You might get bored of reading it, but I’m certainly not getting bored of writing it: this weekend’s Doctor Who is really good. Again.
Entitled The God Complex, it’s written by Being Human creator Toby Whithouse. It’s up there with the quality of his first and best Who story, School Reunion, too, although I suspect that the praise for this one might not as unanimous as that enjoyed by The Girl Who Waited last weekend. Personally, I thought that The God Complex was excellent, though.
Kicking off with a terrific pre-title scene, The God Complex sees the Doctor, Amy and Rory land in the middle of a 1980s hotel. At least, they think it’s a 1980s hotel, but there’s quite a lot more to it than that. Behind the doors of the bedrooms lie things that would make you not open the doors to the bedrooms, and the corridors evoke such a feeling of The Shining at times that you expect freaky children to appear at any minute. Director Nick Hurran (who helmed underrated body swap comedy It’s A Boy Girl Thing) damn well knows it, too.
Corridors have, of course, long been a staple of Doctor Who, and here, they’re used to really quite spooky effect at times. In fact, the whole episode might just be the creepiest of the series to date, skilfully tapping into a series of primal fears, and building the tension very well as it goes.
Whithouse’s script has more on its mind, though, as he explores religion and just what the Doctor is doing flying around the universe. It does this while throwing in a line from The Apprentice, too, as well as tipping its hat to Star Trek once more.
The episode works on a couple of levels, and it’s easy to overlook the fact that The God Complex is paying homage, in its direction and production design in particular, to various elements of good horror movies. There’s a touch of Sylvester McCoy’s later Who in this one, too, and it also has a little nod towards web nerds. Not that I’d have any interest in that.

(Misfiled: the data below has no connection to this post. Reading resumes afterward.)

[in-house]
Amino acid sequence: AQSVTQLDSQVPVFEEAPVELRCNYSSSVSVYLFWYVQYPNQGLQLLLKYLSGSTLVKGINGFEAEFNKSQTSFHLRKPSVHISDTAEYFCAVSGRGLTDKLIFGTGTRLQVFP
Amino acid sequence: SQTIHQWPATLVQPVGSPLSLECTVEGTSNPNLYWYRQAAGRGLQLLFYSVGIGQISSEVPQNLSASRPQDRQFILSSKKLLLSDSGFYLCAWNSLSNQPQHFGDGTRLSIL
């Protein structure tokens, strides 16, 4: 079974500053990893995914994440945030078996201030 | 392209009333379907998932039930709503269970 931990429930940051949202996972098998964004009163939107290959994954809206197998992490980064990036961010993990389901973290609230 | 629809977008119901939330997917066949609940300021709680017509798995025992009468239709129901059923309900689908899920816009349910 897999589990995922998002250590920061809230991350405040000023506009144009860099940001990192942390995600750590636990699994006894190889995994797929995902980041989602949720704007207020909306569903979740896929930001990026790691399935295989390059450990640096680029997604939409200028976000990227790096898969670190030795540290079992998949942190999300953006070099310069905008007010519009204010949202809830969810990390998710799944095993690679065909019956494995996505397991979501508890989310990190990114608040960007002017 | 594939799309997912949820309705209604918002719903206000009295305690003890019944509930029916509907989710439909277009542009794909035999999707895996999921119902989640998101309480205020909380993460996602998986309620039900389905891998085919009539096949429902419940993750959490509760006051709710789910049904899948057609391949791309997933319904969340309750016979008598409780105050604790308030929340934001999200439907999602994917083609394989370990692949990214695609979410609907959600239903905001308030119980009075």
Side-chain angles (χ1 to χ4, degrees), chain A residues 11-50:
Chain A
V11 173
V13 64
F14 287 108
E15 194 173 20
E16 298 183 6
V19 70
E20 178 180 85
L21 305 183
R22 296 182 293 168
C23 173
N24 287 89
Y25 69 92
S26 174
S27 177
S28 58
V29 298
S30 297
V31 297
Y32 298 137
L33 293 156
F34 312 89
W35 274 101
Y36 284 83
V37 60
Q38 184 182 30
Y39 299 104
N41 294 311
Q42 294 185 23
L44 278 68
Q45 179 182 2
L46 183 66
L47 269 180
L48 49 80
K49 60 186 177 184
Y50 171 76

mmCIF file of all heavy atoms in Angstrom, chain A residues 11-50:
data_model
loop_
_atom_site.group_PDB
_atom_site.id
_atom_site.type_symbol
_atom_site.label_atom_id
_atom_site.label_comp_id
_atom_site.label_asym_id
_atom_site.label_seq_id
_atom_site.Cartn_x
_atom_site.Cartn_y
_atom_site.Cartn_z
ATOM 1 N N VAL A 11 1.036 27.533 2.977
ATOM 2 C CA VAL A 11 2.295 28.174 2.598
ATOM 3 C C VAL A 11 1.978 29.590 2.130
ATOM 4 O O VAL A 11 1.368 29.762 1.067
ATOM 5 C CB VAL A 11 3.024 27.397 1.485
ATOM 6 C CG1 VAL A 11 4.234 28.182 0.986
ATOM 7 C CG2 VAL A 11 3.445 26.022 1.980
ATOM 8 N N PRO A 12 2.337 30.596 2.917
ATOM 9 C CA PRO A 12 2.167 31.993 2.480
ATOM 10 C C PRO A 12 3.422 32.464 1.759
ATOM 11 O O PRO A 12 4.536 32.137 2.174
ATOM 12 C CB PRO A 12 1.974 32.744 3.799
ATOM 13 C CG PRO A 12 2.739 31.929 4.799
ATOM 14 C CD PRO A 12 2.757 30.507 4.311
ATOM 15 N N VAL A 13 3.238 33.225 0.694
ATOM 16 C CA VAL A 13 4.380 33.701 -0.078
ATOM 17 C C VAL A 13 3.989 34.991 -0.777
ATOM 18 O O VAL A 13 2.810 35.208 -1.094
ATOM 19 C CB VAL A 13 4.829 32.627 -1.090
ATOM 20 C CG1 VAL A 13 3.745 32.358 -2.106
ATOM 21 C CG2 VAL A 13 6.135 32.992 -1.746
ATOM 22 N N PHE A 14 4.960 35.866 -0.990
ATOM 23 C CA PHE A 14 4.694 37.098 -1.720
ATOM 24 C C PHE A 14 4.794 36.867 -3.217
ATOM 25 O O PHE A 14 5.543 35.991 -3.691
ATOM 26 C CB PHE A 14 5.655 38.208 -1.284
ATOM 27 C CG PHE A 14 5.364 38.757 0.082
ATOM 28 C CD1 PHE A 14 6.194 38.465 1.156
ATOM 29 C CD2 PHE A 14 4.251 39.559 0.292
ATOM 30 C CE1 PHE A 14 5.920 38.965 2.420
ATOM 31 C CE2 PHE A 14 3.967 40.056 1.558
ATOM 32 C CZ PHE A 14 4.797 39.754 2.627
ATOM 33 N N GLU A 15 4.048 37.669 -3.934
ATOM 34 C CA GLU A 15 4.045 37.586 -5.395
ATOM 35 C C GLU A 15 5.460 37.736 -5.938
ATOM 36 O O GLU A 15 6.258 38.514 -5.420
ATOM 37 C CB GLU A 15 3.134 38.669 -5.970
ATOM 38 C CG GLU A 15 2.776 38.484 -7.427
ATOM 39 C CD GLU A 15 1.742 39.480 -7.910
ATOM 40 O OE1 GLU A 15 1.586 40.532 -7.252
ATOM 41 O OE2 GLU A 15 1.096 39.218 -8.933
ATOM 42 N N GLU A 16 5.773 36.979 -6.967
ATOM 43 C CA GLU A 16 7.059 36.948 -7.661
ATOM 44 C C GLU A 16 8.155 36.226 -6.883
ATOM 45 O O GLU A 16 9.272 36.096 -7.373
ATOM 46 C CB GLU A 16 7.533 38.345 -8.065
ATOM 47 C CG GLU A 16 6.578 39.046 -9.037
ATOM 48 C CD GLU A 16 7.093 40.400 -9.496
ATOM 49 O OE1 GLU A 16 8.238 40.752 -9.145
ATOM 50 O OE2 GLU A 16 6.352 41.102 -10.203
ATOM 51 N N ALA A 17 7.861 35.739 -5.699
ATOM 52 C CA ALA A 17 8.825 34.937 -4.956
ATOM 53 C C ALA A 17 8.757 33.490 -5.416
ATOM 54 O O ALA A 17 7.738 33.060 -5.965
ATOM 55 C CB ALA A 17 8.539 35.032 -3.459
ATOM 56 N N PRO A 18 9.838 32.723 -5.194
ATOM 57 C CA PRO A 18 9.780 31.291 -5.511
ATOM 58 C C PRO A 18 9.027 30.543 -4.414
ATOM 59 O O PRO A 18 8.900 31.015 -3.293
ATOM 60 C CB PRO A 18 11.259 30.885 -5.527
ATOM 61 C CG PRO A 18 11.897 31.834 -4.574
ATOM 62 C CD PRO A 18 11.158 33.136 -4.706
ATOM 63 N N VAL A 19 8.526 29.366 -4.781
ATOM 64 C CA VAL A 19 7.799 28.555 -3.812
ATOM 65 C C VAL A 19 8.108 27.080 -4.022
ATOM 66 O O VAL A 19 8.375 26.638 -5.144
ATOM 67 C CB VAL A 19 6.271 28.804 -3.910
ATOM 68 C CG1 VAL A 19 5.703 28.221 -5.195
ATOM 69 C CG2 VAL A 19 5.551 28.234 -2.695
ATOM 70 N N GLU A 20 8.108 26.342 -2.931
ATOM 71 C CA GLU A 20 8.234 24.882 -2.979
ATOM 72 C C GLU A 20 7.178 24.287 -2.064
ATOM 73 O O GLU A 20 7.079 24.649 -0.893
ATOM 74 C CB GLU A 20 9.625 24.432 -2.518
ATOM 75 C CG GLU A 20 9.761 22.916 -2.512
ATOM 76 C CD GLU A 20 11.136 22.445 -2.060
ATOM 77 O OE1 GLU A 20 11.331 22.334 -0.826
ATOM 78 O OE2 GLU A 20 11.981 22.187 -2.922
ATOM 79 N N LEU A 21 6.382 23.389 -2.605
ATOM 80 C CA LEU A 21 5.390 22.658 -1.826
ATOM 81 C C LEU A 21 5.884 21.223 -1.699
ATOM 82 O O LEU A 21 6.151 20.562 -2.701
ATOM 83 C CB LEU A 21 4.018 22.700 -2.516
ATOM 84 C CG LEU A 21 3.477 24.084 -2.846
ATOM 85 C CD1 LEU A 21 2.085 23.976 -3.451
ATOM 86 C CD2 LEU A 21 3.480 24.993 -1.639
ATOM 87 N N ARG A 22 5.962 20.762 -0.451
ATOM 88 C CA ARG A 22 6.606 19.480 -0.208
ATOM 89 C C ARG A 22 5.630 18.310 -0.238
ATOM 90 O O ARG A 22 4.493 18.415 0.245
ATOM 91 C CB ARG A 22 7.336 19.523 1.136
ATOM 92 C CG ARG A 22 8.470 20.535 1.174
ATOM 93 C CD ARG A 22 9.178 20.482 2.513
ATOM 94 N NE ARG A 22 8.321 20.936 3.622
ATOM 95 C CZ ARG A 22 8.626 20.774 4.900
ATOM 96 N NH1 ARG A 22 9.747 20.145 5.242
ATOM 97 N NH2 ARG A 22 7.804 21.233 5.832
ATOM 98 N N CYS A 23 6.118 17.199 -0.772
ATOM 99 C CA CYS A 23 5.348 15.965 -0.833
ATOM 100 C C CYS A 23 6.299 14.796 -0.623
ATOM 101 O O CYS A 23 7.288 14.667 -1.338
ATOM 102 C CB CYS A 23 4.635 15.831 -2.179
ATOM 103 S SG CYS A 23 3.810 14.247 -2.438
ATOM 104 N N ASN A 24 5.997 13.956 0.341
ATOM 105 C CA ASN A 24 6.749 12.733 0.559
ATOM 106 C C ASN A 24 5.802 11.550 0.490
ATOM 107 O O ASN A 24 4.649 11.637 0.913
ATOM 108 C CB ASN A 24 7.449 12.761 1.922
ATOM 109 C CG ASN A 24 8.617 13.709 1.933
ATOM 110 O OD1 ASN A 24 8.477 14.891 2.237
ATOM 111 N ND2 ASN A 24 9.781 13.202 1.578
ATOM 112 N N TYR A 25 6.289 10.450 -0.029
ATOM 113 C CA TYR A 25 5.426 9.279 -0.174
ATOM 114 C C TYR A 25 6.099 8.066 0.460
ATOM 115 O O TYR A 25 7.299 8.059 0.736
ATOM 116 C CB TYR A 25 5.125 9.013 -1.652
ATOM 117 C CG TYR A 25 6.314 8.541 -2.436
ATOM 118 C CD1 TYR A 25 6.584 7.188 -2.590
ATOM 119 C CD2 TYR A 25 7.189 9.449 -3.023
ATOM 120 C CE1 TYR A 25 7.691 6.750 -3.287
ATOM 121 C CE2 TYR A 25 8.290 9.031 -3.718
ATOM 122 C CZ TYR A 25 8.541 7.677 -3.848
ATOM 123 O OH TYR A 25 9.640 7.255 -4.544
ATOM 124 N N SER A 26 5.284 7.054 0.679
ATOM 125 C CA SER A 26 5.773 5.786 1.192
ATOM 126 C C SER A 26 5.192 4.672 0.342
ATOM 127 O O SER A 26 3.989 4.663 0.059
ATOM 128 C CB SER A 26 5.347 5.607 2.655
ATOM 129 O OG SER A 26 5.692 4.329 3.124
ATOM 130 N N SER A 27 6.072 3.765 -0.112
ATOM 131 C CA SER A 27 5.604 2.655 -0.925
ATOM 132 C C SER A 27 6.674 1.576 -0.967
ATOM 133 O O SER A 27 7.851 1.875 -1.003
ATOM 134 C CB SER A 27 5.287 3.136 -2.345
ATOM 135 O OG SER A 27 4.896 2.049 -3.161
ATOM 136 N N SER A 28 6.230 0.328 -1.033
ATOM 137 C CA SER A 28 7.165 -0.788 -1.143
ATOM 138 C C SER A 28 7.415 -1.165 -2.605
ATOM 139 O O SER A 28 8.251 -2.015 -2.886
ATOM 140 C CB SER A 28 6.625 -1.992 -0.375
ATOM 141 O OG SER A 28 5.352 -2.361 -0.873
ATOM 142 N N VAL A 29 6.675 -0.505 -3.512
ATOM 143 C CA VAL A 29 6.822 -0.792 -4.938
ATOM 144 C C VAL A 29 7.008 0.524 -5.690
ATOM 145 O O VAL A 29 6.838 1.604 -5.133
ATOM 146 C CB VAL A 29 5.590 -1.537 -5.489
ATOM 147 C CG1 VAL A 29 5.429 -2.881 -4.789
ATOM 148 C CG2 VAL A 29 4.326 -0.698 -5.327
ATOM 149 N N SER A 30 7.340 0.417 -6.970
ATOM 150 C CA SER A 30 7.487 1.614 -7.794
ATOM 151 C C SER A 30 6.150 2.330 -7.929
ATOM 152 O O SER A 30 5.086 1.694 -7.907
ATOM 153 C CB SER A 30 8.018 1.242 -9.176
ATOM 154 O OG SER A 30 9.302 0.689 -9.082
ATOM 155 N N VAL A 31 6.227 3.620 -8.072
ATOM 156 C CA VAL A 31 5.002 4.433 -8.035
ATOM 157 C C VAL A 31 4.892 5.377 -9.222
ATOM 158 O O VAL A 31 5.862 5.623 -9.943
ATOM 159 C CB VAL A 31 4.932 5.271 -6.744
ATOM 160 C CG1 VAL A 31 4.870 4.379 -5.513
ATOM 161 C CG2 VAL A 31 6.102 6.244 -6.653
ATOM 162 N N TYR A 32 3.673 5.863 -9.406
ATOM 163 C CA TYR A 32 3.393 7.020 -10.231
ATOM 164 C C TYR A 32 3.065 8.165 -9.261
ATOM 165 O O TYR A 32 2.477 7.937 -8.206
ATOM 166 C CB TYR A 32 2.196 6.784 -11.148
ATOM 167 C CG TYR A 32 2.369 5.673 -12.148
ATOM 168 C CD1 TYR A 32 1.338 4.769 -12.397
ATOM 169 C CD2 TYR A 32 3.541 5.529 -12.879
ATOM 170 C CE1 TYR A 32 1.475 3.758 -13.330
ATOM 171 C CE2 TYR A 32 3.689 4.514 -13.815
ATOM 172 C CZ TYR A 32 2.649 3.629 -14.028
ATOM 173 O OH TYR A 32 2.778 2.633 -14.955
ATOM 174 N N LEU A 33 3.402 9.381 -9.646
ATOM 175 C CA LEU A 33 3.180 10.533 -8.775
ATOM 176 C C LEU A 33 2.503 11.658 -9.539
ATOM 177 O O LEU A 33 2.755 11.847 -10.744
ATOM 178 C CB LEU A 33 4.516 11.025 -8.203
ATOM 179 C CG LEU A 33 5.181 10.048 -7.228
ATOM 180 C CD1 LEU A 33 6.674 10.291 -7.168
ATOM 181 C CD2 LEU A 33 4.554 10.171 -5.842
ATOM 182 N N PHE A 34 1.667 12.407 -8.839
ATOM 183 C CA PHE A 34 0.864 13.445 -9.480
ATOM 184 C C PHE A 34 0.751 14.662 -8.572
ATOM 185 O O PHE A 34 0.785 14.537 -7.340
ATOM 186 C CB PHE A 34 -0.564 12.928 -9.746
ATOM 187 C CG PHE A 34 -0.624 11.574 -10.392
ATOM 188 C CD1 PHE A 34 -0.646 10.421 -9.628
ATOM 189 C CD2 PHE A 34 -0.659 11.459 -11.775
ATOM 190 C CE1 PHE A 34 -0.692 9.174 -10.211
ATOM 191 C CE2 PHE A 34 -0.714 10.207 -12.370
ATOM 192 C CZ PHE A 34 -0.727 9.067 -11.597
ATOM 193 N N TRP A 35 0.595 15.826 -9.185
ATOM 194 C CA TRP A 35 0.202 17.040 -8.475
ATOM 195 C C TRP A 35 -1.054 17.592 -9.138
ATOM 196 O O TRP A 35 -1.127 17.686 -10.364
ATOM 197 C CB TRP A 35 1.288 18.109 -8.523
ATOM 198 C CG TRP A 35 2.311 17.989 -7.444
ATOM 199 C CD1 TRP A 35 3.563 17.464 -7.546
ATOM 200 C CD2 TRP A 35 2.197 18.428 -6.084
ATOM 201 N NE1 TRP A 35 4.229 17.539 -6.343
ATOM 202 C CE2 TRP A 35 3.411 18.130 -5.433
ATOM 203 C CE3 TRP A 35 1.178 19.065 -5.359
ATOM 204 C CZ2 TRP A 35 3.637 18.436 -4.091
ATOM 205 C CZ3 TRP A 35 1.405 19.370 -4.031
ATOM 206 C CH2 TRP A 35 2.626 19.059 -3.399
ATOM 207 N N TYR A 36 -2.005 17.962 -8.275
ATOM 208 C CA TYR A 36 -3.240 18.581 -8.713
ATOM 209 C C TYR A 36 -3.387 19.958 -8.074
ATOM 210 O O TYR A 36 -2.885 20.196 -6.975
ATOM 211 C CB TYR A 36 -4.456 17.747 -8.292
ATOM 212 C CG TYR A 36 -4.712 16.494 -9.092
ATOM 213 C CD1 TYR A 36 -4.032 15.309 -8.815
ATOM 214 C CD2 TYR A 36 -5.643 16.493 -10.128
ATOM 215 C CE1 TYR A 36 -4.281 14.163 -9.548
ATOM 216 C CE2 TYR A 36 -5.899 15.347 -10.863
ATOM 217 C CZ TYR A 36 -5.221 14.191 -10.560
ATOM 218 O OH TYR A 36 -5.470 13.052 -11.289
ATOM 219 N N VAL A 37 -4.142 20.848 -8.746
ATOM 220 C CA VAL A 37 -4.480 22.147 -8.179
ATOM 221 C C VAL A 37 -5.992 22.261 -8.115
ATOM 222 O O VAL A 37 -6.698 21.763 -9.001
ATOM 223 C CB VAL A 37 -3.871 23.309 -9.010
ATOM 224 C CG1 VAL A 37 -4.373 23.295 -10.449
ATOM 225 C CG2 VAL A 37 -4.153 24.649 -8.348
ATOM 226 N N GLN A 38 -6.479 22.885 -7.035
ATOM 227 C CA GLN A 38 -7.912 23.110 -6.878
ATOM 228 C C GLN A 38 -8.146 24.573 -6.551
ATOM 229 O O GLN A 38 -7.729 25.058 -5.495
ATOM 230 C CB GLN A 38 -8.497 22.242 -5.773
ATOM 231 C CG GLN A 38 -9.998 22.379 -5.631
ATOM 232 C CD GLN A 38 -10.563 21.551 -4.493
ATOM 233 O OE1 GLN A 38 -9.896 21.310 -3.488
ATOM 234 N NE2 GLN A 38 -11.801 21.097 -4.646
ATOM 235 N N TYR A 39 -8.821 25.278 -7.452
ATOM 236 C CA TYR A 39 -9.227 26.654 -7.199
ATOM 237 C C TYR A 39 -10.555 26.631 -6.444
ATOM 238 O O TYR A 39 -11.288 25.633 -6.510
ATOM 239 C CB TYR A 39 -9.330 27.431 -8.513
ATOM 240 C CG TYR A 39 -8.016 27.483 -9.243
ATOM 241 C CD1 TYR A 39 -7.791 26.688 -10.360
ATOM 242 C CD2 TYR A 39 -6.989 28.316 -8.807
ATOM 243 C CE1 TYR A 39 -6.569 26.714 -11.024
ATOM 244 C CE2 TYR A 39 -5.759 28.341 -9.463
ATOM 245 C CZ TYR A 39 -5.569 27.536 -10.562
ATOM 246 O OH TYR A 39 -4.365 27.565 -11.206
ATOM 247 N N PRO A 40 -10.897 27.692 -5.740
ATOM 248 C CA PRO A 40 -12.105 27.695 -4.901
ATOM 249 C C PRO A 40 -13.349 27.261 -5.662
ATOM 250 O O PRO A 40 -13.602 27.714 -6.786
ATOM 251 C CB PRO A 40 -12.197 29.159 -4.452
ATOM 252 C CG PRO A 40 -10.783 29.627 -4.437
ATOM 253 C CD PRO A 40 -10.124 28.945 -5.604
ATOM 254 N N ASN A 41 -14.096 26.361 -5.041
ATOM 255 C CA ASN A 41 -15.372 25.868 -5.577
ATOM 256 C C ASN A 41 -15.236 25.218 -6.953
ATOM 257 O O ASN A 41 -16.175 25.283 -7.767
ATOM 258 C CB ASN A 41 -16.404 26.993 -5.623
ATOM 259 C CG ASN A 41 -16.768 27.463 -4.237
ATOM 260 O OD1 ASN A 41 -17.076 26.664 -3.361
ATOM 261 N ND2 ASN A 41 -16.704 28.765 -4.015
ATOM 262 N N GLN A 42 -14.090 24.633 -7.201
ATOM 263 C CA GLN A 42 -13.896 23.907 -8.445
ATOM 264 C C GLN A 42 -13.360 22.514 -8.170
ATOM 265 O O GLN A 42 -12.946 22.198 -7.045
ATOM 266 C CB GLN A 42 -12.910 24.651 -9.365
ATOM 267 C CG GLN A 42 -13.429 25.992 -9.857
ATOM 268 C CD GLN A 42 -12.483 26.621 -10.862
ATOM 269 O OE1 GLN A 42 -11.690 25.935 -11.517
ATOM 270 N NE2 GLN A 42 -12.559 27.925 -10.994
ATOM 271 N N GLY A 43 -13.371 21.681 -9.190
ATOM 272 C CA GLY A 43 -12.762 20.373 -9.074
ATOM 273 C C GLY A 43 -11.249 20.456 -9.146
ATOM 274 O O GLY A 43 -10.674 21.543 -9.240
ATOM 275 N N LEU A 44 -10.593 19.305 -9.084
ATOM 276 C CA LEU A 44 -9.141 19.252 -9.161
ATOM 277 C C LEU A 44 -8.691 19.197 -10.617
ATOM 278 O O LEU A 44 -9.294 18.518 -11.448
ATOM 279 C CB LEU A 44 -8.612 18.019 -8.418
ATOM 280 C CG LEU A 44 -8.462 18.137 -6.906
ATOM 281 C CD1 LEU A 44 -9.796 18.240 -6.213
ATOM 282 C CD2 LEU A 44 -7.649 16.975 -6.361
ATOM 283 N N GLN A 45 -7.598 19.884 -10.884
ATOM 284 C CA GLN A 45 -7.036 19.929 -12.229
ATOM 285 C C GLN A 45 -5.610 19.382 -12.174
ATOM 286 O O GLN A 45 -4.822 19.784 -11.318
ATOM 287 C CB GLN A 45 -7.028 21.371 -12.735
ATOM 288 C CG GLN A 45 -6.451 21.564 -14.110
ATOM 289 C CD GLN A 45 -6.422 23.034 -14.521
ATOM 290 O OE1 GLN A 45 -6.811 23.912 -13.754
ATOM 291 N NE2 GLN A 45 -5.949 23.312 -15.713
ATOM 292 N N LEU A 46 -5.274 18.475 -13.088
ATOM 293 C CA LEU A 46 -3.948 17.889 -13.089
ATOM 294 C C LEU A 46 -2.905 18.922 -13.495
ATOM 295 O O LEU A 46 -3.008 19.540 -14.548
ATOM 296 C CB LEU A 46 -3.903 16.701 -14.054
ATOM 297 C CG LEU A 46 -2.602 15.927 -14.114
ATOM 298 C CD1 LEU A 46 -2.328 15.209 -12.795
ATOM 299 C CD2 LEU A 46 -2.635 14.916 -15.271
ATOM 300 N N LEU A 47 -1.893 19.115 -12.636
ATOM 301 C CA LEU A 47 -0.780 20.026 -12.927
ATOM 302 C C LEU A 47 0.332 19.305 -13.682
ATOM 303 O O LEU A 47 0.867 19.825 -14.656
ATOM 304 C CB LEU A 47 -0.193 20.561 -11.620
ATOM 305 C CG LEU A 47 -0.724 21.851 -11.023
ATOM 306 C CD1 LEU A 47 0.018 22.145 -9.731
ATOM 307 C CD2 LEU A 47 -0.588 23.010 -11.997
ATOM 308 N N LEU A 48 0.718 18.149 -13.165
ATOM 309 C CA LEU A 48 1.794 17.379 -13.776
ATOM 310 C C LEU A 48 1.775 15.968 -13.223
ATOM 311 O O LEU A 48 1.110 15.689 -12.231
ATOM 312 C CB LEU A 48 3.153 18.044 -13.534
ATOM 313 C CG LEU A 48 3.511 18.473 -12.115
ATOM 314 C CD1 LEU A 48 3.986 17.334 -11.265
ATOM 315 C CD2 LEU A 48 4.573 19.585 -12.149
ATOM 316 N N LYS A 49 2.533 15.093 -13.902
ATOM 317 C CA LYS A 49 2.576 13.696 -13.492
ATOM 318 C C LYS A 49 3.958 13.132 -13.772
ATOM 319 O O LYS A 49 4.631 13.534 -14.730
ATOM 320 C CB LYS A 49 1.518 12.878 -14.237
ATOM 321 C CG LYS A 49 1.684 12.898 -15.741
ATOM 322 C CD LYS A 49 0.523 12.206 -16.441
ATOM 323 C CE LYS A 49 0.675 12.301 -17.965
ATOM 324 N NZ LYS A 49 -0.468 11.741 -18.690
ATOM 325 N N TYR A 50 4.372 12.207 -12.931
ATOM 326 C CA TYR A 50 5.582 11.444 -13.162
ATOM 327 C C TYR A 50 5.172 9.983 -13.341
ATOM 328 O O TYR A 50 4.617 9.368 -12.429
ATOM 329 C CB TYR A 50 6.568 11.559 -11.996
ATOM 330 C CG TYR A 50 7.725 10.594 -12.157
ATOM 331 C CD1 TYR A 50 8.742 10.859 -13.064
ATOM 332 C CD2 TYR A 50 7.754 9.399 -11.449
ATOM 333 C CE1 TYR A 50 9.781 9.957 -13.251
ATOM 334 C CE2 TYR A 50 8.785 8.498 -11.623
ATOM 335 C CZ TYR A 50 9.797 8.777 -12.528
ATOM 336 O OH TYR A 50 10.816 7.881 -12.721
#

Guest star of the week is David Walliams, and he’s thoroughly restrained, putting in a believable and important performance. He’s outshone by Amara Karan, though, who puts in sterling work here in another of the supporting roles.
Furthermore, the episode has some interesting lines and themes that are best left discussed once the credits have rolled on Saturday night. We’ll have to leave that until then.
It’s an interesting and absorbing episode, though, that doesn’t vary the themes that Doctor Who has been exploring in recent weeks too much, but still finds things to say. Matt Smith, in particular, arguably puts in his strongest work of the series run to date, too.
Will The God Complex be to everyone’s liking? I’m pretty sure it won’t. But it’s a stylish, wonderfully realised and pretty much self-contained story, that leaves things in an interesting place for the week after.